first place, but on consideration and with great help from the likes
of you it seems Hymer/VW combo might be a better idea. I'd simply hate
to buy another piece of crap built to a caravan standard, rather not
have one at all but I'm really reluctant to go for a Peugeot or Fiat
as they just dont last as long as a Ford etc in general, and servicing
the darn thing readily and cheaply is a must. We had so much trouble
fining decent Volvo servicing that we would never touch Volvo
again......


My Hymer (B524) is built on a 2.8JTD Ducato, I don't know what other
vehicles they build on. Bearing in mind that unless you're living in it
full time you're unlikely to do more than about 5000 miles p/a don't worry
too much about servicing, it's something you rarely do. These things are
not everyday vehicles, they're too big to take to the shops etc so the
mileage clocks up slowly. When you do find a decent garage they can usually
service most makes so unless for some mad reason you want a main dealer then
this doesn't matter. You see Fiat/Peugeot delivery vans with 300000 miles
on the clock still going strong so don't worry about it too much. All
modern diesels are pretty DIY unfriendly now, probably the only reason you
think you see more old transits still running is because they're old ones
from the days before electronic engine management when anyone could get them
running.

Rgds

Andy R


  #3 (permalink)  
Old July 5th 05, 11:55 AM posted to uk.rec.caravanning,uk.rec.motorcaravans
Gary
external usenet poster
 
Posts: 19
Default MotorHome questions. Got one?

On Tue, 5 Jul 2005 12:27:36 +0100, "Andy R"
wrote:


"Gary" wrote in message
...
On Tue, 5 Jul 2005 08:54:07 +0100, "Andy R"
wrote:


"Percy" wrote in message
...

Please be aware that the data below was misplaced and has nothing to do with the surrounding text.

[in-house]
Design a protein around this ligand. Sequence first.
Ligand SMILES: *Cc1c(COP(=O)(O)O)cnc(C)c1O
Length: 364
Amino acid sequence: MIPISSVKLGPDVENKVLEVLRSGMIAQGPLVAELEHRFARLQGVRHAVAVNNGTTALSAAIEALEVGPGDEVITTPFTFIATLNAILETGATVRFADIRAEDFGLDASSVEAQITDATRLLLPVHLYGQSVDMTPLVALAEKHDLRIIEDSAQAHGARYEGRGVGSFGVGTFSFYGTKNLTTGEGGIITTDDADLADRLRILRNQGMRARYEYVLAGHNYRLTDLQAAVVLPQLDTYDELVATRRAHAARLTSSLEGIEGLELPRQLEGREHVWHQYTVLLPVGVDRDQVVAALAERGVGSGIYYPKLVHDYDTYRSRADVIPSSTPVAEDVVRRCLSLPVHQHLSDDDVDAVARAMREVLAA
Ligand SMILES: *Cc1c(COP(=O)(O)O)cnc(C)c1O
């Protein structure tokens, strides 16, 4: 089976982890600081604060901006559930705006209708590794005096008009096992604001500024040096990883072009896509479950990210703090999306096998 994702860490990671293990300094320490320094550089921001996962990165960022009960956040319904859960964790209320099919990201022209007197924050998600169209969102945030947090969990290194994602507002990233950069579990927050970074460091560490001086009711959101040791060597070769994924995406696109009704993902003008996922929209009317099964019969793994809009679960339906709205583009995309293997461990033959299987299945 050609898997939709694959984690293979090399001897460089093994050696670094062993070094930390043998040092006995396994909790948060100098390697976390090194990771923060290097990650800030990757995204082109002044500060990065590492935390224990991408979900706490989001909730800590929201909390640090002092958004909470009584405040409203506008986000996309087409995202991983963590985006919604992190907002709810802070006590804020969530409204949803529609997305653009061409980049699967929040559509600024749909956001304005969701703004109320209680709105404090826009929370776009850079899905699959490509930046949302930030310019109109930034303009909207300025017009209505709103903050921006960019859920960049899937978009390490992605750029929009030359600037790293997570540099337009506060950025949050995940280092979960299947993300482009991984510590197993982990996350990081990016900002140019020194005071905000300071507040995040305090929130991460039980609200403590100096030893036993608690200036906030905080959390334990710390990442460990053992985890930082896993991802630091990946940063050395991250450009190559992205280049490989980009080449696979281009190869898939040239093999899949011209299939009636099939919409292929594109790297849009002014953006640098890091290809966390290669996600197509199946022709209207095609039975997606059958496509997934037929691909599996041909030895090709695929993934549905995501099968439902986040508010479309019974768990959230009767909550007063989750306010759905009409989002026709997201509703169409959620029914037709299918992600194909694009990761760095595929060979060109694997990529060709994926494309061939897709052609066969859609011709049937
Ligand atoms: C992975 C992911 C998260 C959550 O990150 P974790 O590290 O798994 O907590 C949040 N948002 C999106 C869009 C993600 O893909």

"Gary" wrote in message
...

I wasn't going to go into the individual makes or ideas about pros and
cons
of different layouts but now you've started I'll carry on. We did a lot
of
research, decided what we wanted to be able to do then found a model that
fitted it best. These are some of my ideas about what you may want and
how
to achieve it. Our over-riding thoughts with everything were ease of use.
Permanent beds. Makes the whole evening thing easy, a real must. We
chose
a vehicle with overcab double bed for us and 2 fixed bunks across the
back.
Big Boot. Makes getting away easy cos you simply always carry everything,
sun loungers, toys, etc, no need to load up every time. The rear 'garage'
under the bottom bunk at the back does this for us.
Front or rear facing travelling seats with seatbelts.
Separate shower compartment instead of converting the loo compartment and
having to dry the floor etc before anyone can use the loo afterwards. We
didn't get this but it's a must for next time.
Oven/Grill. We got this but it's a retrofit cos Germans live without
them.
Removeable carpets.
Wind-out awning
Inverter. Then you can charge phones, gameboys, ipods etc etc without
having a christmas tree arrangement hanging out of the cigarette lighter
socket. This was a retrofit, about ?30
Probably other things I can't remember now. And yes, it's a Hymer,
couldn't
stand the idea of fixing damp bits. Built in 2001 it's still got 2 years
water ingress warranty left on it. I don't know what you get with UK vans
now but a couple of years ago there weren't many with 6 years warranty.